Key information: Above Ushguli
- A steady climb up a long, gorgeous valley to a glacier falling off Georgia’s highest mountain in its ridge of rock and ice. Explore remarkable Ushguli and its bristling towers on the way.
- One of the Caucasus’ finest walks.
Walkopedia rating(Top 100)
- Walkopedia rating94
- Natural interest17
- Human interest10
- Negative points0
- Total rating94
- Length: 3.5-4hrs
- Maximum Altitude: Abt 2,200m
- Level of Difficulty: Moderate
Talk about cultural walking!
Ushguli, probably Georgia’s most fascinating mountain village and at 2,100m claimed to be the highest inhabited village in Europe, nestles at a remote valley junction in a high, grassy bow east of Mestia. It is a marvellous series of stone-built hamlets; the main village climbs to a knoll crowned by a tower and wall and the roof of a little chapel. Towers are the theme here - around 30 of them, slender and austere, dating from the C10 onwards, bristling out of the hamlets. There were more before the Soviet Army did their bit.
The main Enguri valley passes through a narrows above the village, to enter a long, wide, level valley of extreme beauty between high, grassy slopes. The vast ice-and-rock ridges around Mt Shkhara, at 5,193m Georgia’s highest mountain, dominate the view. Various ice-falls and glaciers tumble off it, the Shkhara Glacier, at the valley-head, being the main one. It is clean white at its top, and very dirty by the time it reaches its base.
The glacier is most people’s target, but there are tracks off up the ridges, which are enticing if you like getting up to higher views.
The trudge up the track is walking heaven, a gentle, steady climb on ground so easy you are free to drink in the visual joy all about. You reach the beginning of a steeper, rocky climb over the crushed base of the retreating glacier, with an overlay of dumped boulders and debris. First up is an area of twisted dwarf birch, which opens out to stretch of wide, stony slope with water tricking down it. Hints of the glacier, which had disappeared from sight, show themselves. The track become a puff up steeper, broken rock; at its crest you find you are close under the now-huge walls of the glacier.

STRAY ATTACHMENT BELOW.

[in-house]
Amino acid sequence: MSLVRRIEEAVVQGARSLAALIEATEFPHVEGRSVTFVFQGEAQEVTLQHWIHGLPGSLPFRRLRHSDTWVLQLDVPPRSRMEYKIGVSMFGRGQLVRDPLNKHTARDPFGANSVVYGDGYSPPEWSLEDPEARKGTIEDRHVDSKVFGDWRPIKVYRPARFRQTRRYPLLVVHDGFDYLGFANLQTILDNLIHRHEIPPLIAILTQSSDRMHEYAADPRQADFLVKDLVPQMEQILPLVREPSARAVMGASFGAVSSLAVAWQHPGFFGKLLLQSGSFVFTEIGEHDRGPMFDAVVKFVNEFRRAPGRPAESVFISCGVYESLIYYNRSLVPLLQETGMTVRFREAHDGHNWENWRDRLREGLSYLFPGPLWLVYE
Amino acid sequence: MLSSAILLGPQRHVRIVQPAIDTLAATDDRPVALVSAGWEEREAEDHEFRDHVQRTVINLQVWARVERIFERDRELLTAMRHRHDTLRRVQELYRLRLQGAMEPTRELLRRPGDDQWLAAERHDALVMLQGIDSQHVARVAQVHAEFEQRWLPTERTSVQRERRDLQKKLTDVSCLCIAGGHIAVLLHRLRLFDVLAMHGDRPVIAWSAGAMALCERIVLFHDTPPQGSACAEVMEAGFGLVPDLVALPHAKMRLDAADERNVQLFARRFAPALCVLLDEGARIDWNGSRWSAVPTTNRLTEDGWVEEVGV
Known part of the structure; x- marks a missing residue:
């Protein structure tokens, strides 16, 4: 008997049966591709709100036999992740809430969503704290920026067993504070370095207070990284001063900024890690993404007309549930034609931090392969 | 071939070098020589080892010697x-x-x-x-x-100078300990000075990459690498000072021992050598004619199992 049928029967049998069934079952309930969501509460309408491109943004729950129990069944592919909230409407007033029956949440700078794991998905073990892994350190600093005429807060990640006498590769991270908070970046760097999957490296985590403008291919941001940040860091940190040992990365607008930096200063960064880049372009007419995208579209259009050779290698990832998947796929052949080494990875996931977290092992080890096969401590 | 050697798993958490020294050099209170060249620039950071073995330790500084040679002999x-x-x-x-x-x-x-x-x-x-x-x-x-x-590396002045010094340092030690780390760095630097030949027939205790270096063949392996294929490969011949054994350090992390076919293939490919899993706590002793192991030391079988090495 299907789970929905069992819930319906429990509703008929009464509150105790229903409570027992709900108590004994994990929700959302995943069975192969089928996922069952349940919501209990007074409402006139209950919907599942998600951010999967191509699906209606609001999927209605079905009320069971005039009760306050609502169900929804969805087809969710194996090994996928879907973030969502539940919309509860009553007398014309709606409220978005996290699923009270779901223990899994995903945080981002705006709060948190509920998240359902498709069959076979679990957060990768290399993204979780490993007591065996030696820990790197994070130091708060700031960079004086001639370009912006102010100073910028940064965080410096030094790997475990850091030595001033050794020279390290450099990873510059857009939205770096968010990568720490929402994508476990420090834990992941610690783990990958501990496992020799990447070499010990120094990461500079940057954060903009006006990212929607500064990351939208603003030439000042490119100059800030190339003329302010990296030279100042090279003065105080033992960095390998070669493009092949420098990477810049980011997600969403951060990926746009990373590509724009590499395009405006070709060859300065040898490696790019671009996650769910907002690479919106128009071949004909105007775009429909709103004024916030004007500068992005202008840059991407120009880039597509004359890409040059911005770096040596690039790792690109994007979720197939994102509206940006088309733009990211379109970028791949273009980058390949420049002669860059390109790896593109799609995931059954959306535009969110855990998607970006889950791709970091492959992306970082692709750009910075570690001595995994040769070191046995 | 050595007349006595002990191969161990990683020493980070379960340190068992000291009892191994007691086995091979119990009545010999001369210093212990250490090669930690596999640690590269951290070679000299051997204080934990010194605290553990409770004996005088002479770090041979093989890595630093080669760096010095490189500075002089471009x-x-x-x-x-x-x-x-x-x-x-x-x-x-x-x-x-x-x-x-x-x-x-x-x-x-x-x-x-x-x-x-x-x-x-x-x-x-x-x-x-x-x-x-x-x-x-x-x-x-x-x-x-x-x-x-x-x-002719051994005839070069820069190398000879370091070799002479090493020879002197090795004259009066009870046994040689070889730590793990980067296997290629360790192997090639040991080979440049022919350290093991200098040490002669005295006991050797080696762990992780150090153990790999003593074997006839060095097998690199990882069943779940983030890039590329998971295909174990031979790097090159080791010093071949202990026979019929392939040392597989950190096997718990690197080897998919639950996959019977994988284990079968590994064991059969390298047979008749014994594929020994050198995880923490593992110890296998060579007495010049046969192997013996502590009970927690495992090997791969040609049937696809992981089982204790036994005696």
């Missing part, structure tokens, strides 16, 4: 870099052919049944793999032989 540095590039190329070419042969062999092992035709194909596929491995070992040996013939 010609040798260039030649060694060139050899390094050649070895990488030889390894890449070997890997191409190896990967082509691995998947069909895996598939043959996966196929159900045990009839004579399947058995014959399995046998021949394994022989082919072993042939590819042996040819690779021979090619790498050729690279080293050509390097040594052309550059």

A steep wall of ice towers above you. Collapsed slabs choke what looks like a huge ice cave. This glacier is dirty, and trickles trickle off it; there is a constant scuttle of grit and rattle of pebbles. On the rim high above, big stones wait to crash down. Enjoy some of the best-ever impromptu sculptures, single-stone piles way above even a giant’s reach. How were they made?
The valley is just as beautiful viewed from above, with its wide sward dotted with ponies, its bright, wooded, snowy-ridged flanks and the icy peaks of the Svaneti Range towering behind. Beyond the narrower lower valley, cross the river and climb to the tower and C12 Lamaria church in a walled enclosure on the knoll just above Ushguli. The church is a dark little glory, its walls all faded frescoes, including a soft-faced Christ above the altar.
Through the low door in the southern wall, the long valley falls slowly away, with the Ushguli hamlets, all towers and decrepitude, nestled below. Walk slowly down through the hamlets, revelling in the extraordinary atmosphere of this World Heritage Site.
For more information and photos, including detailed practical information and some warnings, see our Greater Caucasus Mountains walk page.
WILLIAM MACKESY'S ACCOUNT
of this walk
We are off to the remote valley junction which nestles Ushguli, probably Georgia’s most fascinating mountain village and claimed to be the highest inhabited village in Europe. The drive is long and consistently beautiful, heading east up above the Mestia valley then down into the long Enguri valley which we climb, in a deep gorge, until it debouches into the high, grassy bowl of Ushguli. We are met by a marvellous spectacle of a series of stone-built hamlets sitting comfortably in their fields above a vigorous stream, one of them on the divide of the stream.....READ MORE
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Safety and problems: All walks have inherent risks and potential problems, and many of the walks featured on this website involve significant risks, dangers and problems. Problems of any sort can arise on any walk. This website does not purport to identify any (or all) actual or potential risks, dangers and problems that may relate to any particular walk.
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